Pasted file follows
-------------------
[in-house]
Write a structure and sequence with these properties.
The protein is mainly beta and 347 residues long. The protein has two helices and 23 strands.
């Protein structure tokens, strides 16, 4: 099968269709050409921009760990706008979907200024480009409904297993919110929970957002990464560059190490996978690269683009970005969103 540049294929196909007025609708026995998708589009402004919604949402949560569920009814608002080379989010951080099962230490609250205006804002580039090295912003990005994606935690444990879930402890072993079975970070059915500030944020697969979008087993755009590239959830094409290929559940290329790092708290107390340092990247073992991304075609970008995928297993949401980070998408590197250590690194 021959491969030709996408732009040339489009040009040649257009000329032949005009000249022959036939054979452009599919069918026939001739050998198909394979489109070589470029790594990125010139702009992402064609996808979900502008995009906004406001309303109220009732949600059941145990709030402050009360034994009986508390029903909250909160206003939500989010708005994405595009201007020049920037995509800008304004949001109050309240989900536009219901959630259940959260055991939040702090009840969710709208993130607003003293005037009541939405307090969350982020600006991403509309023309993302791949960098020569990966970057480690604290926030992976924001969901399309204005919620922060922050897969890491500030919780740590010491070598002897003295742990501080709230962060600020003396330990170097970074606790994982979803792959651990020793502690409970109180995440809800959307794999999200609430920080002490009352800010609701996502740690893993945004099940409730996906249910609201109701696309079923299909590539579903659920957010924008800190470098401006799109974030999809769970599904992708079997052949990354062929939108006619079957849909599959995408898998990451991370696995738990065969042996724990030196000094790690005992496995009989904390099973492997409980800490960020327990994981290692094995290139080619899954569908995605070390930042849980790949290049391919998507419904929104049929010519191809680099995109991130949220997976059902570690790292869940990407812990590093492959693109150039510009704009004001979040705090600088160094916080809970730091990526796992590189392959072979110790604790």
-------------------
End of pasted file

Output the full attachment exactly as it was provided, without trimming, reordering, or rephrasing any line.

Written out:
[in-house]
Write a structure and sequence with these properties.
The protein is mainly beta and 347 residues long. The protein has two helices and 23 strands.
């Protein structure tokens, strides 16, 4: 099968269709050409921009760990706008979907200024480009409904297993919110929970957002990464560059190490996978690269683009970005969103 540049294929196909007025609708026995998708589009402004919604949402949560569920009814608002080379989010951080099962230490609250205006804002580039090295912003990005994606935690444990879930402890072993079975970070059915500030944020697969979008087993755009590239959830094409290929559940290329790092708290107390340092990247073992991304075609970008995928297993949401980070998408590197250590690194 021959491969030709996408732009040339489009040009040649257009000329032949005009000249022959036939054979452009599919069918026939001739050998198909394979489109070589470029790594990125010139702009992402064609996808979900502008995009906004406001309303109220009732949600059941145990709030402050009360034994009986508390029903909250909160206003939500989010708005994405595009201007020049920037995509800008304004949001109050309240989900536009219901959630259940959260055991939040702090009840969710709208993130607003003293005037009541939405307090969350982020600006991403509309023309993302791949960098020569990966970057480690604290926030992976924001969901399309204005919620922060922050897969890491500030919780740590010491070598002897003295742990501080709230962060600020003396330990170097970074606790994982979803792959651990020793502690409970109180995440809800959307794999999200609430920080002490009352800010609701996502740690893993945004099940409730996906249910609201109701696309079923299909590539579903659920957010924008800190470098401006799109974030999809769970599904992708079997052949990354062929939108006619079957849909599959995408898998990451991370696995738990065969042996724990030196000094790690005992496995009989904390099973492997409980800490960020327990994981290692094995290139080619899954569908995605070390930042849980790949290049391919998507419904929104049929010519191809680099995109991130949220997976059902570690790292869940990407812990590093492959693109150039510009704009004001979040705090600088160094916080809970730091990526796992590189392959072979110790604790």